Community Served

Ocean Discovery works in the San Diego community of City Heights, a densely populated area located 10 miles (16 km) inland from the coast. City Heights is rich in ethnic and racial diversity but poor in material wealth and resources. Thirty-four percent of its population of ~85,000 are foreign-born, many of these people are refugees, and collectively the population speaks more than 30 languages (Marcelli and Pastor, 2015). The community is also burdened by poverty, with 43% living at or below 150% of the federal poverty level (Marcelli and Pastor, 2015). Despite the high density of institutions of higher education and scientific industry in San Diego, City Heights offers few opportunities for engagement in science, either inside or outside of the classroom. Consequently, science and conservation are simply not a part of the fabric of life in this community.


Educational Model

Ocean Discovery fills the need for science engagement through implementation of its unique educational model, which consists of three primary components that underpin meaningful and positive outcomes.

1. Ocean Discovery is Community-Driven

The Institute has deep roots within City Heights that date to 2002. This longevity gives the program unique insights into the significant and systemic educational, social, and economic challenges faced by youth in the community and their families. These roots have created a cycle wherein participants become organizational leaders over time: program graduates comprise 24% of Ocean Discovery staff (10 of 42) and 23% of its board of directors (3 of 13).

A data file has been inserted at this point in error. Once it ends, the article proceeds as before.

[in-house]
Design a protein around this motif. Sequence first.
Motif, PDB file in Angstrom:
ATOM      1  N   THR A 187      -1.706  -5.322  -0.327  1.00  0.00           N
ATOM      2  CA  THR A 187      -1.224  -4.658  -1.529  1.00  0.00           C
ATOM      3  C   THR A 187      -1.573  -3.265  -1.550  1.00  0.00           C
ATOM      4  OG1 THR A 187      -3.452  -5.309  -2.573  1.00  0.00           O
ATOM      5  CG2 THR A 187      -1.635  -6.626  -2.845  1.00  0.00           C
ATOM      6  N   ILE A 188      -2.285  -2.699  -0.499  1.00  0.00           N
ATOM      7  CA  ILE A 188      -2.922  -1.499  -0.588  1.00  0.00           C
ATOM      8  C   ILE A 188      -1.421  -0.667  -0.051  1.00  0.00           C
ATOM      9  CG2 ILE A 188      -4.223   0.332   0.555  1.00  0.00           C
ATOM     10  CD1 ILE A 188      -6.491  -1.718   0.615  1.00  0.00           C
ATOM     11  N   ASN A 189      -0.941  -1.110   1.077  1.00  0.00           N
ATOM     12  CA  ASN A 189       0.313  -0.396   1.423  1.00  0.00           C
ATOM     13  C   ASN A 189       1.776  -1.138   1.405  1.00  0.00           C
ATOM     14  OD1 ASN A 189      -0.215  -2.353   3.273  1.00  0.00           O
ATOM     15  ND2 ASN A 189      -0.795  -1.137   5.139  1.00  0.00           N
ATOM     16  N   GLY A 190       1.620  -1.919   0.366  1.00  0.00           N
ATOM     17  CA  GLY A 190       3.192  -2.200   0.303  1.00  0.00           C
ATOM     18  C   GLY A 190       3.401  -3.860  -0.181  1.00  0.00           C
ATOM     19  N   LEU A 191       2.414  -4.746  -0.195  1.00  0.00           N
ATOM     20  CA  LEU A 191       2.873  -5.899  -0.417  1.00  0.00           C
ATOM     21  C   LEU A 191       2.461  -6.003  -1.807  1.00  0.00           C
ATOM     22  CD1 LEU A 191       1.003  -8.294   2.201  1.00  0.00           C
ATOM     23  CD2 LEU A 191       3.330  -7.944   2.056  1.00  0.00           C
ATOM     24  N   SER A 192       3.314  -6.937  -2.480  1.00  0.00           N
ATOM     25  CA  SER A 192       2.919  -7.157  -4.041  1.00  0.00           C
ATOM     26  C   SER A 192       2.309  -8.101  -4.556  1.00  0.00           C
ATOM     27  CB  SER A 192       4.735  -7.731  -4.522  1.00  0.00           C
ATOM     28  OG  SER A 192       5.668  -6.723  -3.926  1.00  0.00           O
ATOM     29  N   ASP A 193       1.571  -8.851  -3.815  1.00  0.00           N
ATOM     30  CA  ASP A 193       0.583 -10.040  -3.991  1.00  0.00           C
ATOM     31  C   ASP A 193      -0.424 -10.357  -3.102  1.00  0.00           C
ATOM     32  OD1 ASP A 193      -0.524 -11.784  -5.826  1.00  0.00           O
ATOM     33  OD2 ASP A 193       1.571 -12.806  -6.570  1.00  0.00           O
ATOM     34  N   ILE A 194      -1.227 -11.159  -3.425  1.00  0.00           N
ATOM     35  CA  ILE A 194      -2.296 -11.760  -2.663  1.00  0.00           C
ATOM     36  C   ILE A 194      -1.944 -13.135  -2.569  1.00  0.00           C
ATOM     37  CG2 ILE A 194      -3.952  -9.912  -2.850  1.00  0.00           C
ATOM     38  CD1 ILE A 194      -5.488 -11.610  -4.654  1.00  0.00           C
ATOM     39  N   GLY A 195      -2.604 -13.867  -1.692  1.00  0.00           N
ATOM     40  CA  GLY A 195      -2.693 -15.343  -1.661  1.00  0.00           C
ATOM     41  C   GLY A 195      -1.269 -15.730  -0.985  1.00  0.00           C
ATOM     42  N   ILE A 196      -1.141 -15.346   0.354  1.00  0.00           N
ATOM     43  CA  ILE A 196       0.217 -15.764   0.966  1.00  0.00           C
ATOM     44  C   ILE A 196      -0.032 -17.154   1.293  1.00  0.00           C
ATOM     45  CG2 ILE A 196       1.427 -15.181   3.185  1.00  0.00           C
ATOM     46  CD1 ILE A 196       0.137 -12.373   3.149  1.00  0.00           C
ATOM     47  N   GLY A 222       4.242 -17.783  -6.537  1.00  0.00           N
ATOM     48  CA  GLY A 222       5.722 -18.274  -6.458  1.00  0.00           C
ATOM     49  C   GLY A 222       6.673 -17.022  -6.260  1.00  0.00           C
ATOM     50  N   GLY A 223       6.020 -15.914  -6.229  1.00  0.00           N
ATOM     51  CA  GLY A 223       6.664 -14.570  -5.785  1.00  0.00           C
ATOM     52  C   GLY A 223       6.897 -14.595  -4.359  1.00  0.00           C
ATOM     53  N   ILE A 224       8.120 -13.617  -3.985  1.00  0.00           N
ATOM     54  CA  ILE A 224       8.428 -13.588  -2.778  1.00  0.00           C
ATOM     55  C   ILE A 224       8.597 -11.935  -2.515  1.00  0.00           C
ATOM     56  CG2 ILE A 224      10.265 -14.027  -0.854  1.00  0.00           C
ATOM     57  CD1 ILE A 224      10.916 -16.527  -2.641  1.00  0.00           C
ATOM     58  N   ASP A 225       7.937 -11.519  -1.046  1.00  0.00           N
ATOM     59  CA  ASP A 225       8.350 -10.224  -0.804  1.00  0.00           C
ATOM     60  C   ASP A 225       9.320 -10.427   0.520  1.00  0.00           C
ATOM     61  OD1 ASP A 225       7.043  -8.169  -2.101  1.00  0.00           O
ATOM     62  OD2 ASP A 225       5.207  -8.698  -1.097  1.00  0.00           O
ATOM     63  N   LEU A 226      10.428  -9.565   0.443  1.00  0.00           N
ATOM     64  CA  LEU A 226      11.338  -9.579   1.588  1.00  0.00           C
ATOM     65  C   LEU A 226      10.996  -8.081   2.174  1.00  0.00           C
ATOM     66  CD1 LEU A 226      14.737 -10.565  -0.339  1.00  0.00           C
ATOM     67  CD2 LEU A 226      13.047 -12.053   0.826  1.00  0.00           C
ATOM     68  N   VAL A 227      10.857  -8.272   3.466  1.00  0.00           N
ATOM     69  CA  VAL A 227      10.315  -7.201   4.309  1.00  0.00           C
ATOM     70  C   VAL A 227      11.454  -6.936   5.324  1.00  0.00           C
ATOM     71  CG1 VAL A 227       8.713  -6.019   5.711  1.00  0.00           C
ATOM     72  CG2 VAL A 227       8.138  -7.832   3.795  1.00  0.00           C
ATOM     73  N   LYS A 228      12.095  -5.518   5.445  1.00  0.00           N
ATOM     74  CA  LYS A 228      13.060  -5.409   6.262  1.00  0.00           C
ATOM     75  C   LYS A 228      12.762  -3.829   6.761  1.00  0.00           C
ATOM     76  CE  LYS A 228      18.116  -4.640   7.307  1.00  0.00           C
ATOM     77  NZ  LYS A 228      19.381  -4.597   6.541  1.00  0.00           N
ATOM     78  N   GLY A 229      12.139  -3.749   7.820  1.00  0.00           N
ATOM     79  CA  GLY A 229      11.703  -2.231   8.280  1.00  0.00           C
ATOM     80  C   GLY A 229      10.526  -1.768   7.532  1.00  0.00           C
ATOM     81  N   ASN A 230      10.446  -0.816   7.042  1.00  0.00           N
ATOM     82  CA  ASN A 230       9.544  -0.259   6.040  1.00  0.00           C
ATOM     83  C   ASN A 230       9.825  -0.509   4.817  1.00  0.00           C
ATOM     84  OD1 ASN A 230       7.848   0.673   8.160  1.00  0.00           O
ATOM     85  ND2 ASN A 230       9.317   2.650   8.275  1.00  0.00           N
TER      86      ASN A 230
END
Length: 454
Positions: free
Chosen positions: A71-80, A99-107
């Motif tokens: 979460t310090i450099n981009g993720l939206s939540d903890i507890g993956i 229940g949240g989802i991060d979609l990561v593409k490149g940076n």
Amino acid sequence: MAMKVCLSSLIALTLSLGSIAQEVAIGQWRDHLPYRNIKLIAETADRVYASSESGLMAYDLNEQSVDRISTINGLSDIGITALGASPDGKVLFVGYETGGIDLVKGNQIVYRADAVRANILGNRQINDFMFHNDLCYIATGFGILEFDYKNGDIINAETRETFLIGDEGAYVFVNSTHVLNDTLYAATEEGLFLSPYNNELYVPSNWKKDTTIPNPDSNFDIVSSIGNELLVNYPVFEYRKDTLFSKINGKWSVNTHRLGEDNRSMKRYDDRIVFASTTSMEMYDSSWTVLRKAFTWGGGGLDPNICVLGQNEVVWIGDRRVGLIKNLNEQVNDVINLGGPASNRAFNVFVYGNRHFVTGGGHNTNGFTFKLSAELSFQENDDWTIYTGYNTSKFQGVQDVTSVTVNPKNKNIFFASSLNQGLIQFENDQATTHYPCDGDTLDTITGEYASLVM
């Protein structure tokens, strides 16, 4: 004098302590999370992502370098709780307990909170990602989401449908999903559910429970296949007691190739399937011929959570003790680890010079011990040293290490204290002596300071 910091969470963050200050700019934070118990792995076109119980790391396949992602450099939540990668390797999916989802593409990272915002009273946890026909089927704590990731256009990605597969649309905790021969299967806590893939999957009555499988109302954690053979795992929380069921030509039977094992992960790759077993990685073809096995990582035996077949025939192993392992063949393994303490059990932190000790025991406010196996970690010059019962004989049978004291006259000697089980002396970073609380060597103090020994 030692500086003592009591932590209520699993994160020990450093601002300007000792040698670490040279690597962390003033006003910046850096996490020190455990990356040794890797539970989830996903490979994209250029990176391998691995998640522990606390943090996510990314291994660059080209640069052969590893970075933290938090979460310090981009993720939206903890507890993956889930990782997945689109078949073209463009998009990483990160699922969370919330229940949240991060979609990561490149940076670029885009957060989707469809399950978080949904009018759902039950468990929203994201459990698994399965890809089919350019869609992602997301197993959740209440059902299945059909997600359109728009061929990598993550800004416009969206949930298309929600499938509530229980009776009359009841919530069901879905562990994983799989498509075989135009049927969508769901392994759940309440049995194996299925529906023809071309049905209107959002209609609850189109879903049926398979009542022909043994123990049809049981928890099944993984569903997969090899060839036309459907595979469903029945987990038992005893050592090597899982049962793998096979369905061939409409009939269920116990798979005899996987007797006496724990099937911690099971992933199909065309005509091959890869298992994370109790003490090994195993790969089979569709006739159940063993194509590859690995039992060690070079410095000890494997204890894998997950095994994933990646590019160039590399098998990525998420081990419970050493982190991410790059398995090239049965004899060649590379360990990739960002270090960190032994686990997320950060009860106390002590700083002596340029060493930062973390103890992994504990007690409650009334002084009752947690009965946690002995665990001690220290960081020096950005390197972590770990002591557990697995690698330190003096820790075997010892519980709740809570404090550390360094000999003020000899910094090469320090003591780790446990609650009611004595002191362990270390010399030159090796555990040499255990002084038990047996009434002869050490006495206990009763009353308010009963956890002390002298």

2. Ocean Discovery Takes a “School-Shed” Approach

Ocean Discovery works in a single cluster of schools that represent a “school-shed” in which, akin to a watershed, students progress from kindergarten through middle school and into one high school. This allows Ocean Discovery to provide multiple and repeated points of contact with cohorts of students for 13 or more consecutive years, serving 10,000 students annually. The “Living Lab” facility (Figure 1) is within walking distance for the majority of schools and families participating in its programs. All programs are 100% tuition-free to reduce financial barriers to participation.